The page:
A Christmas Carol

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Comrade Scrooge, enjoying a tasty pocket watch.

A Christmas Carol is a short story that was written as a joke by Oscar Wilde while dining at his local Denny's on a napkin and thrown away. Surly busboy Charles Dickens fished it out of the bin and printed the story as his own, making a disgusting amount of money off of Christmas lovers and other dangerously simple Englishmen, becoming the richest British author of the 19th century. It is therefore altogether tragic that Dickens never lived long enough to enjoy his six shillings, being executed by the crown shortly after the publication of A Christmas Carol for peddling orphans without a license, and the Jack the Ripper murders.

To this day many question whether Dickens existed at all, and it is widely believed that he was merely an invention of The Party. Considering that a typical English burial at the time was to throw the deceased into a bog, we may very well never know the truth of the matter.


The story, like all morality tales, is incredibly boring and centres around the person of Ebenezer Scrooge McDuck, an unrepentant capitalist who profits greatly from his political connections but never bothers to contribute anything back to the community. It begins on Christmas Eve, where just after filing yet another false accusation of treason with the KGB against his clerk Bob Cratchit, Scrooge is visited by the ghost of his former politico officer, Bob Marley. Marley commands Scrooge not to rock the boat, and tells him that some Christmas spectres will be along shortly to instil in Scrooge the socialist spirit he is so obviously lacking.

First, Scrooge is visited by someone calling himself the Ghost of Christmas Past, but who is obviously based upon Karl Marx. Marx brings Scrooge back in time for the purpose of reminding him of what Christmas was like before the worker's utopia, but Scrooge more of less ignores the Ghost of Christmas Past to instead place bets on sporting events he already knows the outcome of, and creates a paradox by impregnating his own mother.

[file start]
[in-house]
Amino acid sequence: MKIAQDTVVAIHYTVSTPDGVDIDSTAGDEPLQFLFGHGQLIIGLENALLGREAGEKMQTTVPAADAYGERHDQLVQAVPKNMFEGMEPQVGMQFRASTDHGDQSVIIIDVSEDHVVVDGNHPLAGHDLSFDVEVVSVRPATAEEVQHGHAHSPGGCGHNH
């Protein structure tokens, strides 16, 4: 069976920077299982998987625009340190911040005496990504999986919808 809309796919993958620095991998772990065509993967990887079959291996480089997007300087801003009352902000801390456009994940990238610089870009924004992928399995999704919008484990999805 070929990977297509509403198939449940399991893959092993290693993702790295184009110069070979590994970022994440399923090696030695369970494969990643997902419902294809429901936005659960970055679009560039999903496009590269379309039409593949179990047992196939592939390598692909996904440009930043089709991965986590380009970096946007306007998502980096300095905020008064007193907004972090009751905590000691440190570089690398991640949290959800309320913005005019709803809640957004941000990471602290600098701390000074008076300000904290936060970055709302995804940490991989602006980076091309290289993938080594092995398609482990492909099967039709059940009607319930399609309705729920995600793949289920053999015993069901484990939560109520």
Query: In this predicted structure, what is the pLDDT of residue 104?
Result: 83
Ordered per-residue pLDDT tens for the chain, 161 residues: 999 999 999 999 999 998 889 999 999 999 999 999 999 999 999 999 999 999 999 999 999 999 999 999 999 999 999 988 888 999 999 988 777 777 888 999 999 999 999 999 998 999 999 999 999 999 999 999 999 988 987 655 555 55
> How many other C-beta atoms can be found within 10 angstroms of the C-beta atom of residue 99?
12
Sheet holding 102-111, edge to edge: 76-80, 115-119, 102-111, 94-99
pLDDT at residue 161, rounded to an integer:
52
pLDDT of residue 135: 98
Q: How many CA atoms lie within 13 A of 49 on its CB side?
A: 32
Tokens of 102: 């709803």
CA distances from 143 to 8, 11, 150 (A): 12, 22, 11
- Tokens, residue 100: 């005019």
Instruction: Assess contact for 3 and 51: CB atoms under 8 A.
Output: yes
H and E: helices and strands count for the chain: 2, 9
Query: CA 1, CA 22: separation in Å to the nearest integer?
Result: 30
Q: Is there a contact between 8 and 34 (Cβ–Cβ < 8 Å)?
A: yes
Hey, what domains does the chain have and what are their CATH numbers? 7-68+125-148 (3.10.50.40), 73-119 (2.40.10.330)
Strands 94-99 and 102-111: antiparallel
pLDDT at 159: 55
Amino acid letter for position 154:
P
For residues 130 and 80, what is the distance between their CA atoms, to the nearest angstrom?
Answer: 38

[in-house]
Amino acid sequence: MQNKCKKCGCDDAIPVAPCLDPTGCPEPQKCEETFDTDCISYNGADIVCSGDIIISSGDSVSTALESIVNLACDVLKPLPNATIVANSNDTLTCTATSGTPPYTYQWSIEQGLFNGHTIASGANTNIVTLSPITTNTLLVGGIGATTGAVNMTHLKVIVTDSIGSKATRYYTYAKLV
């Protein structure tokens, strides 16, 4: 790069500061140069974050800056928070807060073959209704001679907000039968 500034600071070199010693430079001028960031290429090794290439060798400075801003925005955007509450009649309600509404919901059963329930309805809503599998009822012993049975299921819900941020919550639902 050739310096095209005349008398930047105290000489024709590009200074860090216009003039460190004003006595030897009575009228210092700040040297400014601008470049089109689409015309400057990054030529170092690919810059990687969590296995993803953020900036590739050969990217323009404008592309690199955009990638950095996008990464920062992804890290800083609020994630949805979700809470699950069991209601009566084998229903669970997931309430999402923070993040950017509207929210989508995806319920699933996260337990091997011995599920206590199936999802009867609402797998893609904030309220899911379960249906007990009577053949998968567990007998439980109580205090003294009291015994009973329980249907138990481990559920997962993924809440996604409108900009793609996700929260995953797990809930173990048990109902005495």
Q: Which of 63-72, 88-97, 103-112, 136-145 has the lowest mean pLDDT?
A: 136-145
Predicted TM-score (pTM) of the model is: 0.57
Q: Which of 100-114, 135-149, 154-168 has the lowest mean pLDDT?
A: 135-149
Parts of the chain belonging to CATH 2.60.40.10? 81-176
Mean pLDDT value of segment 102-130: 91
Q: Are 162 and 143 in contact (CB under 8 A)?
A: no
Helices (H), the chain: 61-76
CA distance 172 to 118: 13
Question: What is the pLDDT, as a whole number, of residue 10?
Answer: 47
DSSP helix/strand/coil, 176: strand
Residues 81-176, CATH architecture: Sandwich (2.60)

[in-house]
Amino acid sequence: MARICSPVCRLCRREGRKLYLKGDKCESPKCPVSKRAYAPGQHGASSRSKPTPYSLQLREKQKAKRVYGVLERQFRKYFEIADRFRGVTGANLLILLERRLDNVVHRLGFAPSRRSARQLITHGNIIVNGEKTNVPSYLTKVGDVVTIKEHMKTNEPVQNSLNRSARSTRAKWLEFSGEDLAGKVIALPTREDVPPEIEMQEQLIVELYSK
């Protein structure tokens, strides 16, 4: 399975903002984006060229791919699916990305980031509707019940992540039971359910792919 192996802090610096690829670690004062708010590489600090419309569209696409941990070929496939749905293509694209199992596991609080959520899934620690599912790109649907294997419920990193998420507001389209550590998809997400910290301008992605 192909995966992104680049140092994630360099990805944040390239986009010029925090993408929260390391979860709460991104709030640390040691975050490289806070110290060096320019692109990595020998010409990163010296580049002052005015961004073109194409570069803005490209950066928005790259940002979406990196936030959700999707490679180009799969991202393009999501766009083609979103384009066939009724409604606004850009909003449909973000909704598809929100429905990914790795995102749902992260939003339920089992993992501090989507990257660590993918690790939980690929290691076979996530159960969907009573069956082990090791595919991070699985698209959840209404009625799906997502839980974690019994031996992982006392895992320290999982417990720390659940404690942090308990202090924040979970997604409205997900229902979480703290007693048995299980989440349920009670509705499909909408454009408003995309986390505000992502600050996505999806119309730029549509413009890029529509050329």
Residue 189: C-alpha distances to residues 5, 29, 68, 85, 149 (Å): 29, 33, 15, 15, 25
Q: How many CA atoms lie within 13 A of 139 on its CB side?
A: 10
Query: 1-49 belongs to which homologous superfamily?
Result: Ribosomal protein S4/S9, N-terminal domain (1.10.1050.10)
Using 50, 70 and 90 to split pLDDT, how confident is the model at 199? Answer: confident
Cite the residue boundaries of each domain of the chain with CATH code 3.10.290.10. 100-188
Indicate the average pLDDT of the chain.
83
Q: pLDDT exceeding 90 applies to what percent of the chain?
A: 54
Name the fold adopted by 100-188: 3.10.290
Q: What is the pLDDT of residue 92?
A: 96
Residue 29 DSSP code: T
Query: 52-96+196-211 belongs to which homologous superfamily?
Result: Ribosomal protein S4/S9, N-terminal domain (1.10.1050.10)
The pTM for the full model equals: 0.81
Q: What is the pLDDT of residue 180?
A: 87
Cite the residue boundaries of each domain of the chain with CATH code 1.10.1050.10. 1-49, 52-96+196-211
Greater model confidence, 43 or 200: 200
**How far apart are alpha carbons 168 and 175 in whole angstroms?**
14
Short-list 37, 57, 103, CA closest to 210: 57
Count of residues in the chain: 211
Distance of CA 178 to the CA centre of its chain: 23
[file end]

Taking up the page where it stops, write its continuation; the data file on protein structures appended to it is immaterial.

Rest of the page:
Scrooge is returned to the present, and it is not long afterwards that he is visited by the next ghost, Vladimir Lenin. Comrade Lenin brings Scrooge to spy on the Christmas dinner of his underling Bob Cratchit, showing Scrooge how a true proletarian celebrates the holidays. Unfortunately around that time the KGB shows up to drag Cratchit off to a gulag in Siberia, and the two run off, while Cratchit's son Tiny Tim is screaming the most remembered line of the novel, "God bless me you, everyone!"

Finally, The Ghost of Future's Past, Joseph Stalin, makes his appearance and drags Scrooge kicking and screaming to a nightmarish, post apocalyptic future where Scrooge's lack of Christmas cheer gave the robots the opportunity they needed to rise up and kill their human masters.

In the end, Scrooge wakes up to discover that everything else in the novel had been retconned to be only a dream. He vows to be more Christmasy, but is beaten and left for dead by the Artful Roger the Dodger, who robs Scrooge and fences all his possessions to the evil child enslaving Jew, Fagin.


Everyone and their mother has adapted A Christmas Carol into a play/movie/cartoon/porno, or something close enough to it you might as well call it A Christmas Carol, so there's really no point in bothering to even try to tell them apart. If it's Christmas, and you turn on your television, chances are what you're watching is A Christmas Carol, and that it's a bit shit. The one with The Muppets and Michael Caine was pretty good though.